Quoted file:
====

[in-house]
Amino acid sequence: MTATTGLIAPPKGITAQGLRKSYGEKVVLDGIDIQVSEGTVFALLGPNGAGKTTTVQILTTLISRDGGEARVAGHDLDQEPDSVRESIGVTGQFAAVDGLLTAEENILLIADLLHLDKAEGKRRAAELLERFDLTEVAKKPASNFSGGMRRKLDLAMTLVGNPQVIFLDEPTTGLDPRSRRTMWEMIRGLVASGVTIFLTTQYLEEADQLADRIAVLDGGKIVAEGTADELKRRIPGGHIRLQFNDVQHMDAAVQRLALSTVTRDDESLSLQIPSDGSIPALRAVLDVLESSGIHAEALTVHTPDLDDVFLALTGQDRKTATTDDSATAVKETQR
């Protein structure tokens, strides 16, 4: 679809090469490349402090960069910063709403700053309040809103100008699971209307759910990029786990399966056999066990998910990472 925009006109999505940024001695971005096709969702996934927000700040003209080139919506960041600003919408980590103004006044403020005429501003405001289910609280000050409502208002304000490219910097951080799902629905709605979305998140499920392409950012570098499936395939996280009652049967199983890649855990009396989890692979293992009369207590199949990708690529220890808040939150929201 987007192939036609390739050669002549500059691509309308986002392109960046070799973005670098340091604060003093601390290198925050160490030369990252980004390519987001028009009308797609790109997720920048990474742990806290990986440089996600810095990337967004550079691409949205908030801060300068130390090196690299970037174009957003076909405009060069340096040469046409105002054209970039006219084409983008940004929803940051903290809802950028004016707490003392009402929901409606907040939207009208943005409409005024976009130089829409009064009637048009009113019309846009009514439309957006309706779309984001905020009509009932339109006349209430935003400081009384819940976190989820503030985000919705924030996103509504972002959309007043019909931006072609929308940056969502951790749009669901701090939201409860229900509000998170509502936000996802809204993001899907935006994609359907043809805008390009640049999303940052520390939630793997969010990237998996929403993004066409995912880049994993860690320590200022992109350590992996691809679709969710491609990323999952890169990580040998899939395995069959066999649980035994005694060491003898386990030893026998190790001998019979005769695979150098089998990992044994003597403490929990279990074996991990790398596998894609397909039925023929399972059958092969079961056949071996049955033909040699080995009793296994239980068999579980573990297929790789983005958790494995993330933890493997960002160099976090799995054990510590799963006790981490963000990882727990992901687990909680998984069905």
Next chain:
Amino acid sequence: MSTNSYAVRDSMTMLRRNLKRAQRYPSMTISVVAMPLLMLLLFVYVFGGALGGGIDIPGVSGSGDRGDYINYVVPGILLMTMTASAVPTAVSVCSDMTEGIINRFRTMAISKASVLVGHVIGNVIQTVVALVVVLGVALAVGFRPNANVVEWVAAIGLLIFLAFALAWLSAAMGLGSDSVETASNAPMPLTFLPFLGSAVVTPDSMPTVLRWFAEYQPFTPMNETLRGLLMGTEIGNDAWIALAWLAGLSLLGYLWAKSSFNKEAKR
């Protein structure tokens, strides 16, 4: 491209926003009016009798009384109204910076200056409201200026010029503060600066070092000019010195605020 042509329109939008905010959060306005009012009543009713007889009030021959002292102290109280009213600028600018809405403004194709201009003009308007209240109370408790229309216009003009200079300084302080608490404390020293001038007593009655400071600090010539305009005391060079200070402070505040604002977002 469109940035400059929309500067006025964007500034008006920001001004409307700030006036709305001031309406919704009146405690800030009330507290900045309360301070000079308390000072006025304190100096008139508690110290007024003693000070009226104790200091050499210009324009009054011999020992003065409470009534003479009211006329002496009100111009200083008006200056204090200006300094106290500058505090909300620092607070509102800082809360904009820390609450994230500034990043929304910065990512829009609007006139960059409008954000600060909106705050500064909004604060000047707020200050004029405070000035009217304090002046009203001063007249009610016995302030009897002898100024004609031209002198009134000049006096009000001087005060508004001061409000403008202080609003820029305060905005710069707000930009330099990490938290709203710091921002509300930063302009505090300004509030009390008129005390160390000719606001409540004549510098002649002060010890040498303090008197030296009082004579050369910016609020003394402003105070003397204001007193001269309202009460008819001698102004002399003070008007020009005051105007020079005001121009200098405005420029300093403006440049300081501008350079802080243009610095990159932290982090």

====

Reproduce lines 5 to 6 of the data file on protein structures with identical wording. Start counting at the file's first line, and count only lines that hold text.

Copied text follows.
Amino acid sequence: MSTNSYAVRDSMTMLRRNLKRAQRYPSMTISVVAMPLLMLLLFVYVFGGALGGGIDIPGVSGSGDRGDYINYVVPGILLMTMTASAVPTAVSVCSDMTEGIINRFRTMAISKASVLVGHVIGNVIQTVVALVVVLGVALAVGFRPNANVVEWVAAIGLLIFLAFALAWLSAAMGLGSDSVETASNAPMPLTFLPFLGSAVVTPDSMPTVLRWFAEYQPFTPMNETLRGLLMGTEIGNDAWIALAWLAGLSLLGYLWAKSSFNKEAKR
């Protein structure tokens, strides 16, 4: 491209926003009016009798009384109204910076200056409201200026010029503060600066070092000019010195605020 042509329109939008905010959060306005009012009543009713007889009030021959002292102290109280009213600028600018809405403004194709201009003009308007209240109370408790229309216009003009200079300084302080608490404390020293001038007593009655400071600090010539305009005391060079200070402070505040604002977002 469109940035400059929309500067006025964007500034008006920001001004409307700030006036709305001031309406919704009146405690800030009330507290900045309360301070000079308390000072006025304190100096008139508690110290007024003693000070009226104790200091050499210009324009009054011999020992003065409470009534003479009211006329002496009100111009200083008006200056204090200006300094106290500058505090909300620092607070509102800082809360904009820390609450994230500034990043929304910065990512829009609007006139960059409008954000600060909106705050500064909004604060000047707020200050004029405070000035009217304090002046009203001063007249009610016995302030009897002898100024004609031209002198009134000049006096009000001087005060508004001061409000403008202080609003820029305060905005710069707000930009330099990490938290709203710091921002509300930063302009505090300004509030009390008129005390160390000719606001409540004549510098002649002060010890040498303090008197030296009082004579050369910016609020003394402003105070003397204001007193001269309202009460008819001698102004002399003070008007020009005051105007020079005001121009200098405005420029300093403006440049300081501008350079802080243009610095990159932290982090």